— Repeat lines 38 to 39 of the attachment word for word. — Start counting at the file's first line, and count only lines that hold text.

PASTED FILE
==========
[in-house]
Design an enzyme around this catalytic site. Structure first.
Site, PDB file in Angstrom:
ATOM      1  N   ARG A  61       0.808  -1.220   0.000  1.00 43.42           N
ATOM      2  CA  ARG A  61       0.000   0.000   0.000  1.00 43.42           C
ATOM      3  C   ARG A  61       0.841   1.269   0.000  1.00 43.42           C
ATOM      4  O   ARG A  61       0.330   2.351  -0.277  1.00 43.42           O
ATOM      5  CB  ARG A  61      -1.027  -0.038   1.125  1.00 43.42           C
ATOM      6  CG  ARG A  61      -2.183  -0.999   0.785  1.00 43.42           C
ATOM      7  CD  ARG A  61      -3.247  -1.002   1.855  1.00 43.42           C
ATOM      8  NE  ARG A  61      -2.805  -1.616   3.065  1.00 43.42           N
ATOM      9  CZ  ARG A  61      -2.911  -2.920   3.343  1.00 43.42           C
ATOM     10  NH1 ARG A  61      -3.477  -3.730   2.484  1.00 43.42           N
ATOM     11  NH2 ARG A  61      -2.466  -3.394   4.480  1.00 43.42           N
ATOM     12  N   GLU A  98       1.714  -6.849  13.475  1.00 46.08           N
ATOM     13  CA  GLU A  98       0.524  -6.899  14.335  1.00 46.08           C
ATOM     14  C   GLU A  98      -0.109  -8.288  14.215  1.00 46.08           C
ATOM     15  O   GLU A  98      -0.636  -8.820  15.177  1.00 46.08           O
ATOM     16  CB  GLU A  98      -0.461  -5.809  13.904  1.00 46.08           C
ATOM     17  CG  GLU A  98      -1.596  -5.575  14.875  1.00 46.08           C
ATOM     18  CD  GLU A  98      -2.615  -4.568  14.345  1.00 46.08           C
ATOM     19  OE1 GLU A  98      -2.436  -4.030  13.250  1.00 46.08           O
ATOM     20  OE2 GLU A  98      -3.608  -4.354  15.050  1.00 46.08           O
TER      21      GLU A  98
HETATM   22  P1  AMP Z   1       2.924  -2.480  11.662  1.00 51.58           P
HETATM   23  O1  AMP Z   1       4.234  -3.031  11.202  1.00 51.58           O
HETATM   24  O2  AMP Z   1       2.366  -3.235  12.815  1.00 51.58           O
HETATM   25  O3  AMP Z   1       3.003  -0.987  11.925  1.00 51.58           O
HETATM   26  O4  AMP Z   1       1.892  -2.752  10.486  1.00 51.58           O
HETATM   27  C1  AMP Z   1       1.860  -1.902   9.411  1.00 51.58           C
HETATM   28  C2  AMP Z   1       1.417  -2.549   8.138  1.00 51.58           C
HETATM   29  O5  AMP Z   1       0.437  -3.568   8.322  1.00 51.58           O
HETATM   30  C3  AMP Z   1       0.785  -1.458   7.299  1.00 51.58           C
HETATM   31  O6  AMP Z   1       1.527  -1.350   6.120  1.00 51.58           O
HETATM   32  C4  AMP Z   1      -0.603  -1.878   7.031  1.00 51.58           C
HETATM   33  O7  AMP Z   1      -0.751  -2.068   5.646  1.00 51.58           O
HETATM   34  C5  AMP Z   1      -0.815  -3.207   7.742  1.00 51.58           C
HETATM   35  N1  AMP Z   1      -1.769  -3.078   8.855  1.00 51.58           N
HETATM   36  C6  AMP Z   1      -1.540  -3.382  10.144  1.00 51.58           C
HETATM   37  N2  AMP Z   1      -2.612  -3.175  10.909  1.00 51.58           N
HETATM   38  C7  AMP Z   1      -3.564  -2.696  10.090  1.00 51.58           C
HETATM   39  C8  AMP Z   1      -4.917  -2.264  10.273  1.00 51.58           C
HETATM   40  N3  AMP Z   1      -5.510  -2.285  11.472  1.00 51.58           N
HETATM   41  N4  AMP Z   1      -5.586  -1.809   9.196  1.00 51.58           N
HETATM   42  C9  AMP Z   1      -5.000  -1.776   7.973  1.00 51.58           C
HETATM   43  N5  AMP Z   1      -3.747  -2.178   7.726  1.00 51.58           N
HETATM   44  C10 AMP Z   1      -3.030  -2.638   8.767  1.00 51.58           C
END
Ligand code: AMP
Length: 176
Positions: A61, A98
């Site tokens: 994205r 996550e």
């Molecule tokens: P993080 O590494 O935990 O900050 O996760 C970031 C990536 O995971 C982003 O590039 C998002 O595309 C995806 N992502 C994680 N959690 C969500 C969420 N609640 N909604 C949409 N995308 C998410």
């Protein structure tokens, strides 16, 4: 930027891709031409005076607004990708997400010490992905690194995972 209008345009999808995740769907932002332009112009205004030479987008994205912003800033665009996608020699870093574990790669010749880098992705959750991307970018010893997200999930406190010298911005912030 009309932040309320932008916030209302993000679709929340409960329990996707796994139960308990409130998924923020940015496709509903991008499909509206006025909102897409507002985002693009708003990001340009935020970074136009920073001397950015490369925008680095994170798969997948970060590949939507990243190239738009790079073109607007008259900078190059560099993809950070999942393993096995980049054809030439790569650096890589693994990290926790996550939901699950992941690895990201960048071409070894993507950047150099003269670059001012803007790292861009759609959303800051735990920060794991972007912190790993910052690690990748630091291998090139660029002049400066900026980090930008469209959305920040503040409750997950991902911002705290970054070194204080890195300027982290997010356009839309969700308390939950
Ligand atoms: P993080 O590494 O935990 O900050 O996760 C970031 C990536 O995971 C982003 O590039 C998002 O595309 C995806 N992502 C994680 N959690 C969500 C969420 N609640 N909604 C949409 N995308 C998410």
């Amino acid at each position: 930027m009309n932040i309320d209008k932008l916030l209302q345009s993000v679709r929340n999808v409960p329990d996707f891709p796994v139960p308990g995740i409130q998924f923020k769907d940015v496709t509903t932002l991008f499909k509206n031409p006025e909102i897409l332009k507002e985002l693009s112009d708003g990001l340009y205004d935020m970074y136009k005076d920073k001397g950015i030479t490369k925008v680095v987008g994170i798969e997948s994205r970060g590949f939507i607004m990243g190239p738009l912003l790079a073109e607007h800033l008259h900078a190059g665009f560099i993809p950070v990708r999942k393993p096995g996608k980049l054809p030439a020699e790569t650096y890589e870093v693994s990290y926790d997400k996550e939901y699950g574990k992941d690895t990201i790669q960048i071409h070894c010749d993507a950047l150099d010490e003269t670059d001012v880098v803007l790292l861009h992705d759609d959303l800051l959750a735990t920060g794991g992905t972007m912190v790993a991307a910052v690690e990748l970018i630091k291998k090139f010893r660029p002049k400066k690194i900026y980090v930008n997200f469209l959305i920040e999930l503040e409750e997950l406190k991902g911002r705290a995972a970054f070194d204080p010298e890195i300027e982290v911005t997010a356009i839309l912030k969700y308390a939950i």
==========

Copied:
HETATM   35  N1  AMP Z   1      -1.769  -3.078   8.855  1.00 51.58           N
HETATM   36  C6  AMP Z   1      -1.540  -3.382  10.144  1.00 51.58           C